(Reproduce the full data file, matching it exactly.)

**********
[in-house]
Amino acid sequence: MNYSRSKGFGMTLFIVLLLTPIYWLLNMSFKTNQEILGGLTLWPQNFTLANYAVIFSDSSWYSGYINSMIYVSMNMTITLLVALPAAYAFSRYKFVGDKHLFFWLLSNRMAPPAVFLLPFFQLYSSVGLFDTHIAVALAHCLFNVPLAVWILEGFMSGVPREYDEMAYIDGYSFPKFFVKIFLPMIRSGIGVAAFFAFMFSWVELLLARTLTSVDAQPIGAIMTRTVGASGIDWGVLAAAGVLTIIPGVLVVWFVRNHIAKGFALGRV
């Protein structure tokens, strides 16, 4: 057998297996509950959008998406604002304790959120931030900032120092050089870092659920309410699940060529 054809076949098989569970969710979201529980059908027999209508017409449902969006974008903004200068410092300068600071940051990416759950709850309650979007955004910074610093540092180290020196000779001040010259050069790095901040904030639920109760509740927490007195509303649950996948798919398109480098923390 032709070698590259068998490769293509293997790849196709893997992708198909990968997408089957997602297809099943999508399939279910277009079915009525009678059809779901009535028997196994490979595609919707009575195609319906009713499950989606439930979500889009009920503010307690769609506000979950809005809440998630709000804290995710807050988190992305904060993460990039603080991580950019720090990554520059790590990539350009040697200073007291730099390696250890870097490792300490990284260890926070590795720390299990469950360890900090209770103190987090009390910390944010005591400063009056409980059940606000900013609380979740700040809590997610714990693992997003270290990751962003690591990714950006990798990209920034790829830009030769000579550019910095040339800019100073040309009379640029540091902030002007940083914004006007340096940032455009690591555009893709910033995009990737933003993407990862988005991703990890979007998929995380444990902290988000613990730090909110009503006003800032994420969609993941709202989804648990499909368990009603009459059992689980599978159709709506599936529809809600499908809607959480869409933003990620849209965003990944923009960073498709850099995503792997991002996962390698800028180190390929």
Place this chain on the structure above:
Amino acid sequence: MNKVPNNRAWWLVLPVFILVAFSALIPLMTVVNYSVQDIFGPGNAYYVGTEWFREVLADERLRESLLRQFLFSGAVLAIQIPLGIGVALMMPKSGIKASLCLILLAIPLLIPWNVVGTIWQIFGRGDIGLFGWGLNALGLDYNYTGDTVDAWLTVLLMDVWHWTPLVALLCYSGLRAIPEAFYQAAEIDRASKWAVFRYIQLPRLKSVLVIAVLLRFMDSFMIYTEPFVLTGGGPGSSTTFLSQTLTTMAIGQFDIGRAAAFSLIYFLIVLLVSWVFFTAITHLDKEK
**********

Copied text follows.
[in-house]
Amino acid sequence: MNYSRSKGFGMTLFIVLLLTPIYWLLNMSFKTNQEILGGLTLWPQNFTLANYAVIFSDSSWYSGYINSMIYVSMNMTITLLVALPAAYAFSRYKFVGDKHLFFWLLSNRMAPPAVFLLPFFQLYSSVGLFDTHIAVALAHCLFNVPLAVWILEGFMSGVPREYDEMAYIDGYSFPKFFVKIFLPMIRSGIGVAAFFAFMFSWVELLLARTLTSVDAQPIGAIMTRTVGASGIDWGVLAAAGVLTIIPGVLVVWFVRNHIAKGFALGRV
């Protein structure tokens, strides 16, 4: 057998297996509950959008998406604002304790959120931030900032120092050089870092659920309410699940060529 054809076949098989569970969710979201529980059908027999209508017409449902969006974008903004200068410092300068600071940051990416759950709850309650979007955004910074610093540092180290020196000779001040010259050069790095901040904030639920109760509740927490007195509303649950996948798919398109480098923390 032709070698590259068998490769293509293997790849196709893997992708198909990968997408089957997602297809099943999508399939279910277009079915009525009678059809779901009535028997196994490979595609919707009575195609319906009713499950989606439930979500889009009920503010307690769609506000979950809005809440998630709000804290995710807050988190992305904060993460990039603080991580950019720090990554520059790590990539350009040697200073007291730099390696250890870097490792300490990284260890926070590795720390299990469950360890900090209770103190987090009390910390944010005591400063009056409980059940606000900013609380979740700040809590997610714990693992997003270290990751962003690591990714950006990798990209920034790829830009030769000579550019910095040339800019100073040309009379640029540091902030002007940083914004006007340096940032455009690591555009893709910033995009990737933003993407990862988005991703990890979007998929995380444990902290988000613990730090909110009503006003800032994420969609993941709202989804648990499909368990009603009459059992689980599978159709709506599936529809809600499908809607959480869409933003990620849209965003990944923009960073498709850099995503792997991002996962390698800028180190390929």
Place this chain on the structure above:
Amino acid sequence: MNKVPNNRAWWLVLPVFILVAFSALIPLMTVVNYSVQDIFGPGNAYYVGTEWFREVLADERLRESLLRQFLFSGAVLAIQIPLGIGVALMMPKSGIKASLCLILLAIPLLIPWNVVGTIWQIFGRGDIGLFGWGLNALGLDYNYTGDTVDAWLTVLLMDVWHWTPLVALLCYSGLRAIPEAFYQAAEIDRASKWAVFRYIQLPRLKSVLVIAVLLRFMDSFMIYTEPFVLTGGGPGSSTTFLSQTLTTMAIGQFDIGRAAAFSLIYFLIVLLVSWVFFTAITHLDKEK